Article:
Al was injured by an IRA bomb whilst serving as a 21 year old Paratrooper in Northern Ireland in 1992. He suffered catastrophic injuries including losing his left leg below the knee and his right was amputated just under his hip. He spent the following 7 years in hospital. Al says he was “stitched up and had the bits he had left pieced back together”.
In 1998 whilst kayaking in the Lake District on an outdoor pursuits weekend, a member of the Red Devils Parachute Display Team, Paul Burns, suggested that Al do a tandem skydive near Nottingham at Skydive Langar. ‘It was the coolest thing I’ve ever done, so thought, wow, I gotta do that again’.
A year later, after embarking on an accelerated freefall programme, he became Britain’s first double amputee skydiver and the worlds first double amputee to learn to skydive post injury. Al later went on to skydive with the Army’s freefall display team, the Red Devils. In 2006 he married fellow skydiver, Pixie, in a hot-air balloon in Arizona, leaping out of the basket with her at 5,500ft. Then he began competing at National level in 2007 where he succeeded in winning six gold medals concurrently from 2007-2012, his discipline was Freestyle skydiving where he competed in a team with his wife.
Al wanted to compete at international level but due to the high expense of training at world level and lack of funding meant it was simply not possible. The Soldiers’ Charity heard about Al’s mission and provided the financial backing in 2010 to assist with the training costs over the next three years to ensure Al and his wife had a fighting chance. This enabled Al and his wife Pixie to train at the highest level and secure a silver medal in 2010 and two bronze medals in 2011 and 2012 at the Skydiving World championships held in Russia, Germany and Dubai.
Al has become one of the world’s best skydivers competing in a dynamic sport where there is no para or disabled category. He is the first person in the world to be taught post injury to skydive without legs and possibly the worlds only disabled athlete to compete and win in an all able bodied field . Al says that ‘The support that I got from the Army and The Soldiers’ Charity has been invaluable, they had the confidence that I was committed to an intense training programme and bring home medals for Great Britain, The Soldiers Charity is my team ‘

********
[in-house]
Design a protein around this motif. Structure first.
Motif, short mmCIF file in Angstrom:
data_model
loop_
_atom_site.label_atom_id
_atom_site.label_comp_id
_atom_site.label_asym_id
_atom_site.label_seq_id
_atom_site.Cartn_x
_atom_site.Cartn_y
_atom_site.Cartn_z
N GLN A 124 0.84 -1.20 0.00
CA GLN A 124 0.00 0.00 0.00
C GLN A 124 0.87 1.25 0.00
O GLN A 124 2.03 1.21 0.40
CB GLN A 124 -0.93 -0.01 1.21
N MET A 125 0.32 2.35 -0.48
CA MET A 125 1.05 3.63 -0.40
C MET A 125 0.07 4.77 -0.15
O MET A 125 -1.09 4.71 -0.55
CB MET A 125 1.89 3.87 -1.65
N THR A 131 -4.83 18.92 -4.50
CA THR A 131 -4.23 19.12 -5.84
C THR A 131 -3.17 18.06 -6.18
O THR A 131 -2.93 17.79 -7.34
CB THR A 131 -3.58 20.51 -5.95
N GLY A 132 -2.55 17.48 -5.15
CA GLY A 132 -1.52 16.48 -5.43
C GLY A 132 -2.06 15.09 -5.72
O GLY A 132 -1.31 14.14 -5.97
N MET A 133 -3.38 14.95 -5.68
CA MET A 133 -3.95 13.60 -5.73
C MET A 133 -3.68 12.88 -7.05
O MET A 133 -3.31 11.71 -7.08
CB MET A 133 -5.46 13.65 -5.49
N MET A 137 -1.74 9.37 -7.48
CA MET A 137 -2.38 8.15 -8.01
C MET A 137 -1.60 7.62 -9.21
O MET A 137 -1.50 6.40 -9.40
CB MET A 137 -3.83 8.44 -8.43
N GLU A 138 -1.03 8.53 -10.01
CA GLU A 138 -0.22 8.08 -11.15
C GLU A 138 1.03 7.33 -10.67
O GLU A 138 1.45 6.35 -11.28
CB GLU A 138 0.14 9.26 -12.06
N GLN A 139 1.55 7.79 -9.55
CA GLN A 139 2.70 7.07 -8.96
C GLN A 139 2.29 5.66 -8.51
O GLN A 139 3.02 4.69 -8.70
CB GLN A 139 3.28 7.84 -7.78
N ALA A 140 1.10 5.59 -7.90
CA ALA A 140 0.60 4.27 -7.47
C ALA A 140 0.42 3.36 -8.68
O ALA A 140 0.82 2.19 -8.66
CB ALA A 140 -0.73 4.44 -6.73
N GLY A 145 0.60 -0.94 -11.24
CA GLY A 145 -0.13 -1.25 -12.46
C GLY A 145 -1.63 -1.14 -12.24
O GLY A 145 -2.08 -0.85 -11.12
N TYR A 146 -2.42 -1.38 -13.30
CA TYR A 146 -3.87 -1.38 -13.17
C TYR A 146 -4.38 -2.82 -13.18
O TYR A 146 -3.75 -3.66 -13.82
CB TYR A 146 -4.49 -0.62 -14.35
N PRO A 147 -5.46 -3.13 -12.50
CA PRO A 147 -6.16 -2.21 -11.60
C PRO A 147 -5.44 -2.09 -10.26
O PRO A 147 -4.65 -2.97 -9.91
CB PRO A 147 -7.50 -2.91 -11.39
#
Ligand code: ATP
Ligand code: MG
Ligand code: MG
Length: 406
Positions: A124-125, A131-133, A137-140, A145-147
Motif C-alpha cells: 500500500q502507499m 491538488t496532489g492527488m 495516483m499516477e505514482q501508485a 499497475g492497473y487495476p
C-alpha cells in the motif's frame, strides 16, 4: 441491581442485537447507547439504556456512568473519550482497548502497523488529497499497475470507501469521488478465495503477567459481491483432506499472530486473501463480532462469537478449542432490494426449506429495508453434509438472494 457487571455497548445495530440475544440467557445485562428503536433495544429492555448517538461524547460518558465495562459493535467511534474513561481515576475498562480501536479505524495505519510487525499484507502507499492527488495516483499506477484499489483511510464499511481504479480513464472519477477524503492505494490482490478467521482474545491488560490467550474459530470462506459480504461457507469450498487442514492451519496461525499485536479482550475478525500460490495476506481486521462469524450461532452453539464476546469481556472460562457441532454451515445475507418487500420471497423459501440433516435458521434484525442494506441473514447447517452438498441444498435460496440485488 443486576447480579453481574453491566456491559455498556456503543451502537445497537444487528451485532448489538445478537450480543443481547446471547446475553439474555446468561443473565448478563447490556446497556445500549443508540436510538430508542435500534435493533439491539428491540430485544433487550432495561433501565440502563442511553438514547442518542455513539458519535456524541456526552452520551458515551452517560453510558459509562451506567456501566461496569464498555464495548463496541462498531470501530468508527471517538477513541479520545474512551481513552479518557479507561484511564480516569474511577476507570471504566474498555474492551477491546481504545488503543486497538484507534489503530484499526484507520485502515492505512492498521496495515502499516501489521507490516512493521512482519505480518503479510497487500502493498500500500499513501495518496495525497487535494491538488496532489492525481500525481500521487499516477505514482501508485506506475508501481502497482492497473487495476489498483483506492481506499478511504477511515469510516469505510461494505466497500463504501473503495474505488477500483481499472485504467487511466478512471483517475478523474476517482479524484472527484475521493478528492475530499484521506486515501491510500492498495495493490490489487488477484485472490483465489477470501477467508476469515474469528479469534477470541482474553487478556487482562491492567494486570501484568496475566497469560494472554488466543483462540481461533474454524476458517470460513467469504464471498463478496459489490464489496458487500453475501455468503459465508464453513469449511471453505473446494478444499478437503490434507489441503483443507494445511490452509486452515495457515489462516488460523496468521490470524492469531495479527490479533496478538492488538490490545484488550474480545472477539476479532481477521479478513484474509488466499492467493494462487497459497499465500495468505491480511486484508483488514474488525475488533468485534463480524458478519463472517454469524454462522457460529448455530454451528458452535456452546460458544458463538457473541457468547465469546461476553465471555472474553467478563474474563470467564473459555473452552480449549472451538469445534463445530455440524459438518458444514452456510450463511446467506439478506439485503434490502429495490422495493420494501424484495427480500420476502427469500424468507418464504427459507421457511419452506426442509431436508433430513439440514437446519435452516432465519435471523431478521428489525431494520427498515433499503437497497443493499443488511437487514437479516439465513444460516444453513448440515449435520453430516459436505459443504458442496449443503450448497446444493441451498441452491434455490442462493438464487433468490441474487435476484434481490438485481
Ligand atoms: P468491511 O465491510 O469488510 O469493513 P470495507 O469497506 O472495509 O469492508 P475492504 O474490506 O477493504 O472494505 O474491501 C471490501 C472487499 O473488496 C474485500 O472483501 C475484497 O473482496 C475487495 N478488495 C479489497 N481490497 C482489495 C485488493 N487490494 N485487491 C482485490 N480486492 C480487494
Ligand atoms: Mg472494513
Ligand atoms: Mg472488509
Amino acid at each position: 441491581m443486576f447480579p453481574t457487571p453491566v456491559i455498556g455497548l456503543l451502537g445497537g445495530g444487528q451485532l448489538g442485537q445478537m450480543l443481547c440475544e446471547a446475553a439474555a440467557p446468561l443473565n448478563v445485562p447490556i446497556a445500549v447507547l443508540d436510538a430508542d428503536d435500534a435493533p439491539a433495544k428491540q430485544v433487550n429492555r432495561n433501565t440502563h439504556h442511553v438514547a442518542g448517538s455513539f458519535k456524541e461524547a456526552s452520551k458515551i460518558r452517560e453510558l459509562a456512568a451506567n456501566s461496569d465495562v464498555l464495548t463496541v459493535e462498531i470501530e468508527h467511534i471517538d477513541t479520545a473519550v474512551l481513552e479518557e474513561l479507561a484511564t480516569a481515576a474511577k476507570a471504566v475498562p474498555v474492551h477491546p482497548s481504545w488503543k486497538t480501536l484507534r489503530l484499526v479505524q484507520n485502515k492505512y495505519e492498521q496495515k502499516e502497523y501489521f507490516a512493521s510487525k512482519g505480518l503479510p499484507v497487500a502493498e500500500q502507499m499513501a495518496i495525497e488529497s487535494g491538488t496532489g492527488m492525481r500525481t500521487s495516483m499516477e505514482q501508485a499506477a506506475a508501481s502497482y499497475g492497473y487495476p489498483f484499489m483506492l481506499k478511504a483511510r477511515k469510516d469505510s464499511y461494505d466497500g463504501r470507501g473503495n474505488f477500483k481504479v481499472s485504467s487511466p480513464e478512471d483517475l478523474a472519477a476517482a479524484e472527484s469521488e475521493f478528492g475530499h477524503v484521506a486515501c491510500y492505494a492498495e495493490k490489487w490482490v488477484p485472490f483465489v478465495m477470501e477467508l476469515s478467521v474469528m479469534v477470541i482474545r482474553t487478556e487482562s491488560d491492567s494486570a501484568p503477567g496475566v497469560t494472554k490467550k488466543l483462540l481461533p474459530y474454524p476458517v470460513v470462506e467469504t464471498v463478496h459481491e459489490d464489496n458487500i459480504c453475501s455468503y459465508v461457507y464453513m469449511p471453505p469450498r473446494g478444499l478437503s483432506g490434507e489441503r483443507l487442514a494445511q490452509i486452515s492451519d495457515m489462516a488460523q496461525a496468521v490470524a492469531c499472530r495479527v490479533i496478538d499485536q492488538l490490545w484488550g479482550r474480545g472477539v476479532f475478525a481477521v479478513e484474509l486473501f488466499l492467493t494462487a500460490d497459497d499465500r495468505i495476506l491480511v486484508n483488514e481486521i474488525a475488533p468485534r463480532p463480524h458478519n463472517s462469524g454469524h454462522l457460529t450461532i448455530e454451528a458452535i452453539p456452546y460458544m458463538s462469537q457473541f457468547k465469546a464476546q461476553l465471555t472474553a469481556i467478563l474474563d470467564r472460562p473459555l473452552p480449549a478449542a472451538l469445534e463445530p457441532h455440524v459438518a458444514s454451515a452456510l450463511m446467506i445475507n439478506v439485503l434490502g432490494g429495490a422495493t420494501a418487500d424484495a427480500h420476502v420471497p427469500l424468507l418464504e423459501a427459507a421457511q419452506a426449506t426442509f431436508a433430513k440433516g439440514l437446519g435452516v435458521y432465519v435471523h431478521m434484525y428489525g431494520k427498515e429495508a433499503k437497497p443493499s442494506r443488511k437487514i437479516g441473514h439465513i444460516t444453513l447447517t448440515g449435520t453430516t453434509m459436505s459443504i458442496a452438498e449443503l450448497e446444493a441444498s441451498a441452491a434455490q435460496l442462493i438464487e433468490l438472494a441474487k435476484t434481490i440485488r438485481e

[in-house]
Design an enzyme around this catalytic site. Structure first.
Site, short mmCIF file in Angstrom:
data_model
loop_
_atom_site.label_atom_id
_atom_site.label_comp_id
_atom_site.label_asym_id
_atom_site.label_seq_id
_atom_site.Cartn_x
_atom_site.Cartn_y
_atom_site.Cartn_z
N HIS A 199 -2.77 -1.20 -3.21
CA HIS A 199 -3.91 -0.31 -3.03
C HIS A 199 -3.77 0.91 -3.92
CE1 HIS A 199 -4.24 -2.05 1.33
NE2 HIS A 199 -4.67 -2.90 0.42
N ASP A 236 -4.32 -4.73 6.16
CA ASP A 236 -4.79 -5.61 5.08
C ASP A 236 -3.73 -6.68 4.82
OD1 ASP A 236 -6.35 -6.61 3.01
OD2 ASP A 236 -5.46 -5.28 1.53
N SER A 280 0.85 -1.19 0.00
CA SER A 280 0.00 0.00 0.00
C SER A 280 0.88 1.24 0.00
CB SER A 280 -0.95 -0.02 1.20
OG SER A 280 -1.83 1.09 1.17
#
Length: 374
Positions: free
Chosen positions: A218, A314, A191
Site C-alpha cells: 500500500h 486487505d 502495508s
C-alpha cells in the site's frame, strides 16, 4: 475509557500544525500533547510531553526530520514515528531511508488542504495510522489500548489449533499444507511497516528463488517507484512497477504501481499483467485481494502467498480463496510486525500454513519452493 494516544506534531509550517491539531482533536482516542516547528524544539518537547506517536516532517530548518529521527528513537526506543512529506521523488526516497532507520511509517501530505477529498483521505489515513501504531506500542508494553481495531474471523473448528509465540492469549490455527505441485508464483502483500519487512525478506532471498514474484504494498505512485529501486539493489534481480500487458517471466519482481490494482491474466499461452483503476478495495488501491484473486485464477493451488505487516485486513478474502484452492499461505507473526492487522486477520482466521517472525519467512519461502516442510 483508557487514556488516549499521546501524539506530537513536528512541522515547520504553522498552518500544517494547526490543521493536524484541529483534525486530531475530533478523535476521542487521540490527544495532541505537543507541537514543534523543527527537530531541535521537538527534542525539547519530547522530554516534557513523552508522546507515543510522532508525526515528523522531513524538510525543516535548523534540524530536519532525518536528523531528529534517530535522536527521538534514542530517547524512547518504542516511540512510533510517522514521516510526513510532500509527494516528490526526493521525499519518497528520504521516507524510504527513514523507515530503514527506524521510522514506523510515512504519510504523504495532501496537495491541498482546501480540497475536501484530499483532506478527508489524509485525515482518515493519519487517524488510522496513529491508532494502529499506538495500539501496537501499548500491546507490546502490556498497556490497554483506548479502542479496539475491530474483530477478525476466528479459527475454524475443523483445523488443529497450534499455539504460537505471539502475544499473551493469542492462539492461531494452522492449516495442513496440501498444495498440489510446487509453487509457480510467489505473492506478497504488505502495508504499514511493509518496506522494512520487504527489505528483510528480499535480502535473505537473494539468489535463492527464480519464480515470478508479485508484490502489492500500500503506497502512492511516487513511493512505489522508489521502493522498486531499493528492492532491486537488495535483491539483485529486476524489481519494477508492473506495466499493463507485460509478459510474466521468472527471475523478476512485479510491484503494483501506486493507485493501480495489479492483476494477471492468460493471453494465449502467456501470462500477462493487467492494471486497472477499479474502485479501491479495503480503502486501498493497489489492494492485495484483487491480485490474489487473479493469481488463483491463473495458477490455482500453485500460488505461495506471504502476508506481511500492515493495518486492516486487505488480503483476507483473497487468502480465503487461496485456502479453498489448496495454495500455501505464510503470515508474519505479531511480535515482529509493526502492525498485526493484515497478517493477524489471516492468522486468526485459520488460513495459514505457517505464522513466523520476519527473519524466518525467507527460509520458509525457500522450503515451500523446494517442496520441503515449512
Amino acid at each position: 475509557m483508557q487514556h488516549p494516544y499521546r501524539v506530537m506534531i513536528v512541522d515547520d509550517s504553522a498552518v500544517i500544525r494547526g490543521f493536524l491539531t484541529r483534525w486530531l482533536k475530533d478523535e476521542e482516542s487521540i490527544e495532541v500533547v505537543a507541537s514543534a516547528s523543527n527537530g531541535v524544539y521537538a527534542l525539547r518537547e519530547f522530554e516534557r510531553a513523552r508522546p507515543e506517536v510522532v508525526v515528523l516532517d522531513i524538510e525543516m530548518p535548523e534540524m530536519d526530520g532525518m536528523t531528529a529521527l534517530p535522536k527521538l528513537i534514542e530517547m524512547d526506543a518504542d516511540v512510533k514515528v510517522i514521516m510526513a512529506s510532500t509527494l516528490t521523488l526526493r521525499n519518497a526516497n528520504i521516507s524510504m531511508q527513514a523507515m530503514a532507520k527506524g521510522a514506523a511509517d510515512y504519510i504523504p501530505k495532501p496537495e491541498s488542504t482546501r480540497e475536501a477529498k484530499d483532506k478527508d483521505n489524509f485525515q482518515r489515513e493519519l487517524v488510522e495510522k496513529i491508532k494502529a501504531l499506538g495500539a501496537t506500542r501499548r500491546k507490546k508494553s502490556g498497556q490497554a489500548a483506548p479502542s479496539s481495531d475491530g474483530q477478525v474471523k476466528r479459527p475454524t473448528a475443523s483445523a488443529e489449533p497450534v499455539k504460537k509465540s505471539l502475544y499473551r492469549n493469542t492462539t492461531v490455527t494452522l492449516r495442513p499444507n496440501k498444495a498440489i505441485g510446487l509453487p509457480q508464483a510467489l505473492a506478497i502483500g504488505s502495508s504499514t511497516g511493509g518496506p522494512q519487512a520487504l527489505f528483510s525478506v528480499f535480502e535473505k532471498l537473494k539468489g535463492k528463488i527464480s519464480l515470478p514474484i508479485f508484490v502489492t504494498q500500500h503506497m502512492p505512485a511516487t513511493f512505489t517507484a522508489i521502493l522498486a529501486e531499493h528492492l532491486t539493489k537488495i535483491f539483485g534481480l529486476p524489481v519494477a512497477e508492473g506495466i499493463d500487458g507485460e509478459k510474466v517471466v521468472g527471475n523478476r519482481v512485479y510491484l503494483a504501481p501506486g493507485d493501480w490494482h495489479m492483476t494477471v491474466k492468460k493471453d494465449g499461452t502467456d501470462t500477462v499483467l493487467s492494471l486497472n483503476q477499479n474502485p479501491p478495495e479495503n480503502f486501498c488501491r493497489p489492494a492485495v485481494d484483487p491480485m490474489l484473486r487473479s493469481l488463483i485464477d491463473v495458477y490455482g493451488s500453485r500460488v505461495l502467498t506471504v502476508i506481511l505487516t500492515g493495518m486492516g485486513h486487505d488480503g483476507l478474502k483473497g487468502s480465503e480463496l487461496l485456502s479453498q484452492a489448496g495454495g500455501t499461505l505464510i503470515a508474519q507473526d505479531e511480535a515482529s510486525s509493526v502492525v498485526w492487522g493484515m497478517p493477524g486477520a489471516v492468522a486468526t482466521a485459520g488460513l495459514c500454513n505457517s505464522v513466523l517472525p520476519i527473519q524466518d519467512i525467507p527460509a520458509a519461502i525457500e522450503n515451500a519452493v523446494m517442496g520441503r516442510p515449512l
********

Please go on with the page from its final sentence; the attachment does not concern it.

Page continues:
Al continues with his passion for skydiving, touring the world’s dropzones offering help and advice to other injured skydivers and of course jumps as much as humanly possible.
‘The support that I got from the Army and The Soldiers’ Charity has been incredible.’
Al told us that ‘Without the help of the charity we wouldn’t have got to where we have over the last few years; the support that I got from the Army and The Soldiers’ Charity has been incredible. I hope that I can prove that someone like me, as severely injured as I am, can compete with able-bodied people in a dynamic sport and win, maybe become the best in the world at it’.
Al is encouraging our adventurous supporters to sign up for one of our charity jump days and undertake a sponsored skydive with the Army’s Parachute Display Team. Why? Because according to Al “When you jump out of a plane, it’s not an exit it’s an entrance. It’s an entrance into a completely different world. There’s a saying in skydiving: If you don’t skydive there is no explanation. If you are a skydiver, no explanation is needed.”
If you want to experience the thrill of a skydive, why not sign up to one of our tandem skydives with the Red Devils?